Drones within security to protect or to serve?
As concerns grow around the potential security threats drones may pose to both civilian and security entities, the market for counter-drone technology is rapidly maturing. In this article, we help you cut through the hype that exists around this technology.
Drones and a £4.6bn security saving opportunity
Counter-drone technology, also known as counter-UAS (Unmanned Aerial System), C-UAS, or counter-UAV (Unmanned Aerial Vehicle) technology, refers to systems that are used to detect and/or intercept unmanned aircraft.
A lot has been made of the alleged Gatwick incident of 2018, the criminal exploitation around smuggling contraband into prisons and near misses between drones and manned aircraft. All of these showcase the challenges around the use of drones and the technologies used to detect them.
There is no silver bullet for any one individual detection method. However, the recent PWC Skies without Limits v2.0 report highlighted the positive opportunities in a £45bn contribution to the UK economy and cost savings of £4.6bn in defence and security related sectors alone. In a market survey conducted in 2015, there were just 10 dedicated counter-drone systems available for acquisition. There are now over 500 systems on the market, the end result being a myriad of companies now offering C-UAS products in a $6bn market.
This presents dual, potentially conflicting, decisions for those responsible for security: to spend money on C-UAS systems because of the potential challenges drones present and/or embrace the pro-security aspects of drone technology.
Regulations and Protocol
Counter-drone technology offers capabilities in four main areas:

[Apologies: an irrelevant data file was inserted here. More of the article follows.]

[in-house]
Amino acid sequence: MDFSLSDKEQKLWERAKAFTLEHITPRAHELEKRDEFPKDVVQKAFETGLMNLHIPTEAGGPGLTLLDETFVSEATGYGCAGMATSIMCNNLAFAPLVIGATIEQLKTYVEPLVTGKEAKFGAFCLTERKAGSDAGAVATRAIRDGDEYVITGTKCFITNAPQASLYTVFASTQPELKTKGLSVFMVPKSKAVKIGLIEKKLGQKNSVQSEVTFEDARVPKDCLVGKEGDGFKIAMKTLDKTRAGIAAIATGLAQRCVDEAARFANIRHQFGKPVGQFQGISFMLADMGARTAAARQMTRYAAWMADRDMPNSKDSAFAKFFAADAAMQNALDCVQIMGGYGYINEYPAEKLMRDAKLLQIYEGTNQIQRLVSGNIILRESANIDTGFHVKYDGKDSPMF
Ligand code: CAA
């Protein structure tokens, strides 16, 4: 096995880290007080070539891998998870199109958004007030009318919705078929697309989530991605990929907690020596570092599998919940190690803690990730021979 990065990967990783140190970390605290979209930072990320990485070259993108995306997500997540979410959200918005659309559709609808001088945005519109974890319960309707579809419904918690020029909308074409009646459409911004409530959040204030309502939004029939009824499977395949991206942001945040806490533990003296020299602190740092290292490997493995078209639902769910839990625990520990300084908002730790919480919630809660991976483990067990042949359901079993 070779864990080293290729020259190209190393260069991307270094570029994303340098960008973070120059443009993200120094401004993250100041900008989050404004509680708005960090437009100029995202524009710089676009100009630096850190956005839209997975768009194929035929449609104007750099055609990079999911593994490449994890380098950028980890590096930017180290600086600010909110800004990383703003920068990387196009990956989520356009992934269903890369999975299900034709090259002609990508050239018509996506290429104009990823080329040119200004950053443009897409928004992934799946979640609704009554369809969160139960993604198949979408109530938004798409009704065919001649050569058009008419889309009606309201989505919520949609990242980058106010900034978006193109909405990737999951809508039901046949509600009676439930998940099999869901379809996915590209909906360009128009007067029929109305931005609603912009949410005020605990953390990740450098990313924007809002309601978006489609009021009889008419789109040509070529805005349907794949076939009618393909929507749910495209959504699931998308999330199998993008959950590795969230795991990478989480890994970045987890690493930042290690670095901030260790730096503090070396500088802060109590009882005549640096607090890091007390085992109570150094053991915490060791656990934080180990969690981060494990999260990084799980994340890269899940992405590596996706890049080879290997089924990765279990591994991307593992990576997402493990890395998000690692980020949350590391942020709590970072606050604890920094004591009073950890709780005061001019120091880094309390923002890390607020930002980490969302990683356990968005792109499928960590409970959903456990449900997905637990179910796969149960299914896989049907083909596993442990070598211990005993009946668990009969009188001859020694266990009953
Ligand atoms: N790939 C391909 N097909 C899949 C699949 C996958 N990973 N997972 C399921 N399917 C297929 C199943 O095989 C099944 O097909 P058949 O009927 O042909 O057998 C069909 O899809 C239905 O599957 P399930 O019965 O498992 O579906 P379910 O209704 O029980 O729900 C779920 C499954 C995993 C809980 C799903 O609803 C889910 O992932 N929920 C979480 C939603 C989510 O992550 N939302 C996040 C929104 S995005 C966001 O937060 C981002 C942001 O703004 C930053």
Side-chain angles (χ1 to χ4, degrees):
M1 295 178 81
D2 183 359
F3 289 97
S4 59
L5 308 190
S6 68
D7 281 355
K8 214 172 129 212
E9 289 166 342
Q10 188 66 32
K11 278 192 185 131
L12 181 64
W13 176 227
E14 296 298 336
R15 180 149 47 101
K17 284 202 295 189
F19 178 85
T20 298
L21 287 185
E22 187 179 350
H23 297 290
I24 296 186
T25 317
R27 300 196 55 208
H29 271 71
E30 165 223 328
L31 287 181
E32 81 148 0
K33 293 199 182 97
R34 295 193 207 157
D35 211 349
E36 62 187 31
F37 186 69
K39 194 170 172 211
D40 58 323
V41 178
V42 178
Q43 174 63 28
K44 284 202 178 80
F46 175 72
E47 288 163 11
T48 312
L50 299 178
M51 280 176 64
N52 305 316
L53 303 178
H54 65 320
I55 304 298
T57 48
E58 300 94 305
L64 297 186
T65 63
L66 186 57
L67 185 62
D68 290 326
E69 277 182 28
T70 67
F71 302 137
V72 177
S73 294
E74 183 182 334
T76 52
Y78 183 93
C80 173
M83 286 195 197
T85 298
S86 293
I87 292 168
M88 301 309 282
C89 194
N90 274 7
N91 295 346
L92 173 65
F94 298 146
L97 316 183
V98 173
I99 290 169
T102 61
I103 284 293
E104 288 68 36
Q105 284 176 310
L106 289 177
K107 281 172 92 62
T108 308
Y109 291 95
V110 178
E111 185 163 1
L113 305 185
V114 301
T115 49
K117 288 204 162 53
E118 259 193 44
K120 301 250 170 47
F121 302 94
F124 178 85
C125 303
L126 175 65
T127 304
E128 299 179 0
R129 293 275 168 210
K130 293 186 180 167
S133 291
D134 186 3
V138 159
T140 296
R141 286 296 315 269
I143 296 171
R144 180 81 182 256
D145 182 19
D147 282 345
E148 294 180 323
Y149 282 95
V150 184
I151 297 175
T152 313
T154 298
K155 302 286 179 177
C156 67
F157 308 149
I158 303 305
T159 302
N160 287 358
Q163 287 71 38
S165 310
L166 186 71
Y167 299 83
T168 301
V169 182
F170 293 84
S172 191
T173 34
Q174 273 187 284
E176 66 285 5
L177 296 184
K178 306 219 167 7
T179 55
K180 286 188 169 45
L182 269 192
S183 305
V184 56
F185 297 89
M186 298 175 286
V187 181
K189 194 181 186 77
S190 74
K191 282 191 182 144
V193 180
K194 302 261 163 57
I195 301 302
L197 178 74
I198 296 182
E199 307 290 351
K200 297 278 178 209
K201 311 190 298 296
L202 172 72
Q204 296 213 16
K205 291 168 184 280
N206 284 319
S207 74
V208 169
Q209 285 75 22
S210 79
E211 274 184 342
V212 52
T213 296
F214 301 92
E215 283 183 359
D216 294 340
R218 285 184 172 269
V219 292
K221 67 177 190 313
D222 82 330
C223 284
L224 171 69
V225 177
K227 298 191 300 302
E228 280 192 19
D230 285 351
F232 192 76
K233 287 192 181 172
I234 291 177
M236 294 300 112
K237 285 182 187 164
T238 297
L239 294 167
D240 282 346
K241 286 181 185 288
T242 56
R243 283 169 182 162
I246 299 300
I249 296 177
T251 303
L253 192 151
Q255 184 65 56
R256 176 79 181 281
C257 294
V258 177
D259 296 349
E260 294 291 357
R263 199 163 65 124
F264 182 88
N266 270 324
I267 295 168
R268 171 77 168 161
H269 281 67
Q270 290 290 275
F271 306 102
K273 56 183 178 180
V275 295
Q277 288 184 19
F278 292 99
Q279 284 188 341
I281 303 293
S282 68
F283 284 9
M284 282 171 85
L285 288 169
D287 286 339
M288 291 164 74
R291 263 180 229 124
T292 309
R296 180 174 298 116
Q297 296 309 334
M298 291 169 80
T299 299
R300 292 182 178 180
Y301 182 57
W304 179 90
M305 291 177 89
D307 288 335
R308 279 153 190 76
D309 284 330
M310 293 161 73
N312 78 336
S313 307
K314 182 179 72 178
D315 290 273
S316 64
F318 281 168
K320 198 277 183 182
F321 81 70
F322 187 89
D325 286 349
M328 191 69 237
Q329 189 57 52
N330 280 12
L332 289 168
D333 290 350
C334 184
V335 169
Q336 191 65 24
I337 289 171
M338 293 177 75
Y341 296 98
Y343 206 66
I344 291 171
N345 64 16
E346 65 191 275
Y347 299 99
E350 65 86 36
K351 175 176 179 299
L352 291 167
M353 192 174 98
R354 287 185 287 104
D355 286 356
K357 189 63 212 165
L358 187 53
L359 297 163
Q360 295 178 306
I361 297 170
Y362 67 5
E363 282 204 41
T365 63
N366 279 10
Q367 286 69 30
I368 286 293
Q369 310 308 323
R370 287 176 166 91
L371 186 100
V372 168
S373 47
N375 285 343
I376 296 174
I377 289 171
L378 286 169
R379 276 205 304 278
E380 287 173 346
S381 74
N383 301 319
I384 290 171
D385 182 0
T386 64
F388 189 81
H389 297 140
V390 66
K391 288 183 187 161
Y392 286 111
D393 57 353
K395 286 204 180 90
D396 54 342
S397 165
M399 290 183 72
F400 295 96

- Effect (incapacitate)
The majority of C-UAS market solutions concentrate on the Detecting and Tracking – which, for the security industry, is most important.
Technologies for drone identification systems
The following technologies are used in drone identification systems:
- Electro-Optical (EO) – uses a visual signature
- Acoustic – due to noise attenuation has a limited range
- Infrared (IR) or Thermal – uses a heat signature
- Radar – accurate but expensive
- RF (Radio-Frequency) – locates characteristic signals broadcast by most drones, such as 2.4 and 5.8GHz
These technologies are compared in the table below.
Any means of disabling a drone whilst in the sky is not permitted in the UK via the Air Navigation Order, except for limited police powers which can be obtained through Military Assistance to the Civilian Authorities (MACA).
For Critical National Infrastructure (CNI) sites, some suppliers have been evaluated by the CPNI – though no standards exist for Effectors (C-UAS that incapacitate drones). Coordination of C-UAS at a national level is done via the Joint Security and Resilience Centre (JSaRC).
Crucially, it’s understanding the customer need – simply saying I want to ensure you defend my property against all drones just isn’t possible, for any site in the UK.
Broadly speaking, when procuring a counter- drone system, it’s essential to evaluate these aspects of the proposed system: